Saturday, February 22, 2014

More thoughts on the Sean Carroll/WLC debate

I feel that WLC let Carroll off the hook in a certain aspect of the debate. Carroll repeatedly inculcated the point about how many promising cosmological models there are that can explain the existence of the universe without a finite, quantum singularity, beginning point. He then criticized WLC for not fully understanding the mathematical bases for these models. In logical form:
  1. Cosmological models exist that have promising explanatory value that obviate the need for a "beginning" to the universe.
  2. In time, these models will be refined until one is discovered to be superior.
  3. If they can be understood by a person, there would be no need for that person to appeal to beginning.
  4. If there is no need to appeal to a beginning, there is no need to look for a transcendent cause to the universe. The universe can be explained by the language of science without appeal to the supernatural.
  5. That kind of epistemological explanation is to be preferred to subjective, metaphysical language.
  6. Since these models are mathematically rigorous (#1) and are going to become stronger through a sort of scientific evolutionary process (#2) and their language is to be preferred to metaphysical language (#5), there is no need to look for a beginning to the universe and a "cause."
Obviously, the implication here is that people like WLC dogmatically cling to outdated characterizations of the universe because those descriptions harmonize with nonscientific, religious, subjective, metaphysical beliefs. Such beliefs can't be confirmed by methodological naturalism which we know to be epistemologically superior. Therefore, those beliefs have been superseded by the kinds of models that Carroll promulgated.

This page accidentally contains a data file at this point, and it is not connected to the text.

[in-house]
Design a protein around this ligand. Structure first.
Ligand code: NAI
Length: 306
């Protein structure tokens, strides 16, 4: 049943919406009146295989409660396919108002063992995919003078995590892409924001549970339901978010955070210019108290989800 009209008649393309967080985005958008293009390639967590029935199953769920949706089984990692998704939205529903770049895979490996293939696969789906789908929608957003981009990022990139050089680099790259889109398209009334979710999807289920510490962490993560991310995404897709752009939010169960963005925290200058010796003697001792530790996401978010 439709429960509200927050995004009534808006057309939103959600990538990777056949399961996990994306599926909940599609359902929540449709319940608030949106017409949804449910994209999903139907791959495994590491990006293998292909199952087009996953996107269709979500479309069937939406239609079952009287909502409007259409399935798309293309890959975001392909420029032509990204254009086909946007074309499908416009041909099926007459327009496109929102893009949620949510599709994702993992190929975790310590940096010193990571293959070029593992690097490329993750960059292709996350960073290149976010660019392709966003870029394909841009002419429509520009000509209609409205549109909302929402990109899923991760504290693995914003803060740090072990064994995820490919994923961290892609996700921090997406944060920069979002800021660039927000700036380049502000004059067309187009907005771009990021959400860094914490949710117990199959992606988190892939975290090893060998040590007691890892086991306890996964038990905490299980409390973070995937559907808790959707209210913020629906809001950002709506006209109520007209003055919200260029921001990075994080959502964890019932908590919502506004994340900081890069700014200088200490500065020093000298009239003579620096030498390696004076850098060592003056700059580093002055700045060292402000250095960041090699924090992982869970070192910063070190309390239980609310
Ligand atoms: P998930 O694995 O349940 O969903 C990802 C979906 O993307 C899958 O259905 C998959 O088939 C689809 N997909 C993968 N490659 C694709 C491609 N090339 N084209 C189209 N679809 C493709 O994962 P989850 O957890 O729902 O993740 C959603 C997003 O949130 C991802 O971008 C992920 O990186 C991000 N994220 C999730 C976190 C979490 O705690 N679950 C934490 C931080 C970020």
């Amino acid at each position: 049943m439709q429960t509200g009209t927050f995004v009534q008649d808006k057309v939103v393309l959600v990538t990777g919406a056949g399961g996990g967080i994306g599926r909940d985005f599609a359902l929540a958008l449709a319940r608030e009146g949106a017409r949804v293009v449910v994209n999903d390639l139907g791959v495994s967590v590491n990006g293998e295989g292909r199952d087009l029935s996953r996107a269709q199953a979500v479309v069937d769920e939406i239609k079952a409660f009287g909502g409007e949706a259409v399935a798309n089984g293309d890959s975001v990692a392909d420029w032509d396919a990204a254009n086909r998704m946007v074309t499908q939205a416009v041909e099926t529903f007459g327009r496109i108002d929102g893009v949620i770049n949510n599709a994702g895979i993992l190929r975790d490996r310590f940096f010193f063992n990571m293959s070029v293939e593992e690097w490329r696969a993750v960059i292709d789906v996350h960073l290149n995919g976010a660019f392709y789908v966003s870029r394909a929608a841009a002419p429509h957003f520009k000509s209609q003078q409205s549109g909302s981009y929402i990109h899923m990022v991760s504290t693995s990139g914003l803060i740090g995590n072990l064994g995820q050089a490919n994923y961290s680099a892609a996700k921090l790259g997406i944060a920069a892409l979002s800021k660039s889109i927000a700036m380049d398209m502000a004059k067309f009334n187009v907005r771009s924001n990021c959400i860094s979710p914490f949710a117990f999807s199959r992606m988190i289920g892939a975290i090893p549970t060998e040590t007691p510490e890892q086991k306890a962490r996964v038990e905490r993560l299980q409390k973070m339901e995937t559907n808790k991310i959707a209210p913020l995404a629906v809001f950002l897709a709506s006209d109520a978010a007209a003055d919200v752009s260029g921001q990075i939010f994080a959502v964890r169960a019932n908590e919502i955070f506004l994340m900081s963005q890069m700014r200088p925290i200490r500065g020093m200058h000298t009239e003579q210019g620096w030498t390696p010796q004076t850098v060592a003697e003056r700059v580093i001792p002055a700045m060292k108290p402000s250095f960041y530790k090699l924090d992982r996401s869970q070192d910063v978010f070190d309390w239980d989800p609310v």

Here is the major flaw with Carroll's line of thinking that WLC didn't really pursue. There were a few instances when the early conditions of the universe were mentioned. Assuming that there was a quantum singularity, there was a point at which the 4 fundamental forces were combined in the compressed/condensed universe. Once expansion starts to occur (the Big Bang), those forces begin to differentiate from one another. What this means is that the so called "laws of physics" that Carroll trumpeted as the proverbial kanon are not applicable during such early conditions. Worse, we can't even make meaningful observations about conditions prior to that because our noetic mechanisms for doing so are incompatible with those conditions, which Carroll acknowledges and discussed more than once. Here is where WLC let Carroll off the hook. We have a model that works! It's called the Big Bang, It is scientifically efficacious and parsimonious. It is based on observable, testable phenomena. It is has predictability. Yes, it presumes a quantum singularity but, that is where the science is now. 

The models that Carroll so fondly caressed are thoroughly problematic (and he even criticized one the competing models). In contrast with the Big Bang, they are not based on observable phenomena. They are not empirically testable. Worse, in some cases they anachronistically retroject current scientific language on to an imagined phase of the universe that potentially doesn't adhere to current laws of physics. I am not suggesting that scientists should abandon such cosmological investigations. What I am saying is that we have to recognize them for what they are; metaphysical speculations with scientific sounding language. They are imaginative, creative, brilliant and could ultimately be helpful or even explanatory. Right now, they're somewhat like string theories which are largely based on mathematics with little to no empirical confirmation. This is why there is a lack of accord between quantum physicists and string theorists. There are quantum physicists who view string theory as somewhat dubious.

In this regard, WLC adhered to the conventions of methodological naturalism more so than Carroll did. it's deceptive that WLC is not a scientist and Sean Carroll is. Worse, Carroll used scientific sounding language and science like models to dazzle people who don't realize the debate wasn't about science. It was about what science implies. This is where WLC's credentials exceed Carroll's. Carroll is not a trained metaphysicist or theologian.

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